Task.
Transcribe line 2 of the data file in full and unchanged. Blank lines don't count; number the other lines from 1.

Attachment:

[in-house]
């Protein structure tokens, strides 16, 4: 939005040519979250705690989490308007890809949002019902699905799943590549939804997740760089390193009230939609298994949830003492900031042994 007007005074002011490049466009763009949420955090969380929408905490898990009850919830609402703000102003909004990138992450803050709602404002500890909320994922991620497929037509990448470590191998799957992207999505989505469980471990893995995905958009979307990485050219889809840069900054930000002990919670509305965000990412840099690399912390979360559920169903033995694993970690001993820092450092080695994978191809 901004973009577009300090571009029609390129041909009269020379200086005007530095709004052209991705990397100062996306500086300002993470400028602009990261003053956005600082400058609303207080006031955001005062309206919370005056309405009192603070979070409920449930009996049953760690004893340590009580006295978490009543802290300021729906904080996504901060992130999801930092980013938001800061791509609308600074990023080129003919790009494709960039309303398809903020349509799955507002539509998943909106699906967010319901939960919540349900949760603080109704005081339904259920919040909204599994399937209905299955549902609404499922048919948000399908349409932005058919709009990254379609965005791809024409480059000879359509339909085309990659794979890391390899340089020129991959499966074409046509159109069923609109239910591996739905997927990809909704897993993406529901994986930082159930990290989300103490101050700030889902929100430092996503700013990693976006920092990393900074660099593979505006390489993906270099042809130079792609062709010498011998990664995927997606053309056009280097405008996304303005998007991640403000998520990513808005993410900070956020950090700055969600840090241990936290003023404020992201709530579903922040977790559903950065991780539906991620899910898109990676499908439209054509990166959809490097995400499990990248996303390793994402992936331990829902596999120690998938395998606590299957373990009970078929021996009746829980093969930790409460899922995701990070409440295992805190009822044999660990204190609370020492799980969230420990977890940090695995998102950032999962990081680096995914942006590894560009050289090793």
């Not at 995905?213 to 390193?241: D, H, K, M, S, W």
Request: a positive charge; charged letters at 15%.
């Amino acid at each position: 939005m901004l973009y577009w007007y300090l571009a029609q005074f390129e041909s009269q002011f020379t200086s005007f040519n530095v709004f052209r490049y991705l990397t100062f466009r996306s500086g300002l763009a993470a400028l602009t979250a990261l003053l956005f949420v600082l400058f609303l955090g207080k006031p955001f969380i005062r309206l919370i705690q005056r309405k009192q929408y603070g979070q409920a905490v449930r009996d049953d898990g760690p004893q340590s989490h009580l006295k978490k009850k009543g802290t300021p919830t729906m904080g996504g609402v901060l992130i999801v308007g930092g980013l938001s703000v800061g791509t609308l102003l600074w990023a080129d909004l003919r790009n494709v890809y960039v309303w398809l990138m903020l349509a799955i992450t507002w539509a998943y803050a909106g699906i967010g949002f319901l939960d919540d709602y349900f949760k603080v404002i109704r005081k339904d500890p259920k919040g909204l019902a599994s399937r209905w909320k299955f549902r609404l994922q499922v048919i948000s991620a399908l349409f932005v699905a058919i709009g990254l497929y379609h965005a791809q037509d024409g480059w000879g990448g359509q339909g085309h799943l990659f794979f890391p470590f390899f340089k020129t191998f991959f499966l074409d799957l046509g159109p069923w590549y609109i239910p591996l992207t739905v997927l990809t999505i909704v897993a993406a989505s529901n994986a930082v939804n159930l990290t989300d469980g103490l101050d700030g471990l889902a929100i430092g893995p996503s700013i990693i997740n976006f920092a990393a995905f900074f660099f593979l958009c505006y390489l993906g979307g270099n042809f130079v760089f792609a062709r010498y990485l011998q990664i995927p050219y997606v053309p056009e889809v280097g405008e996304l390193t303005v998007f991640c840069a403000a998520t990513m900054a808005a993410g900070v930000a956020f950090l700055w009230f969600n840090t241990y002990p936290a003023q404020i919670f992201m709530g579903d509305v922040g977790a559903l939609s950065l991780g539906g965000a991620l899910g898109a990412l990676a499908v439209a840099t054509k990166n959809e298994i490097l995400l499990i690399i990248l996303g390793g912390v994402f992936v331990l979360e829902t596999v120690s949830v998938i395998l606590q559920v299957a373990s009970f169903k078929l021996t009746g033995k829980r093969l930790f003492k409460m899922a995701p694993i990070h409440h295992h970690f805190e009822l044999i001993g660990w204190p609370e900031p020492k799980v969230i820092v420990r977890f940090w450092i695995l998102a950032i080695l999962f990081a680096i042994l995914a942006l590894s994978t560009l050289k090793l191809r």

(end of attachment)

């Protein structure tokens, strides 16, 4: 939005040519979250705690989490308007890809949002019902699905799943590549939804997740760089390193009230939609298994949830003492900031042994 007007005074002011490049466009763009949420955090969380929408905490898990009850919830609402703000102003909004990138992450803050709602404002500890909320994922991620497929037509990448470590191998799957992207999505989505469980471990893995995905958009979307990485050219889809840069900054930000002990919670509305965000990412840099690399912390979360559920169903033995694993970690001993820092450092080695994978191809 901004973009577009300090571009029609390129041909009269020379200086005007530095709004052209991705990397100062996306500086300002993470400028602009990261003053956005600082400058609303207080006031955001005062309206919370005056309405009192603070979070409920449930009996049953760690004893340590009580006295978490009543802290300021729906904080996504901060992130999801930092980013938001800061791509609308600074990023080129003919790009494709960039309303398809903020349509799955507002539509998943909106699906967010319901939960919540349900949760603080109704005081339904259920919040909204599994399937209905299955549902609404499922048919948000399908349409932005058919709009990254379609965005791809024409480059000879359509339909085309990659794979890391390899340089020129991959499966074409046509159109069923609109239910591996739905997927990809909704897993993406529901994986930082159930990290989300103490101050700030889902929100430092996503700013990693976006920092990393900074660099593979505006390489993906270099042809130079792609062709010498011998990664995927997606053309056009280097405008996304303005998007991640403000998520990513808005993410900070956020950090700055969600840090241990936290003023404020992201709530579903922040977790559903950065991780539906991620899910898109990676499908439209054509990166959809490097995400499990990248996303390793994402992936331990829902596999120690998938395998606590299957373990009970078929021996009746829980093969930790409460899922995701990070409440295992805190009822044999660990204190609370020492799980969230420990977890940090695995998102950032999962990081680096995914942006590894560009050289090793």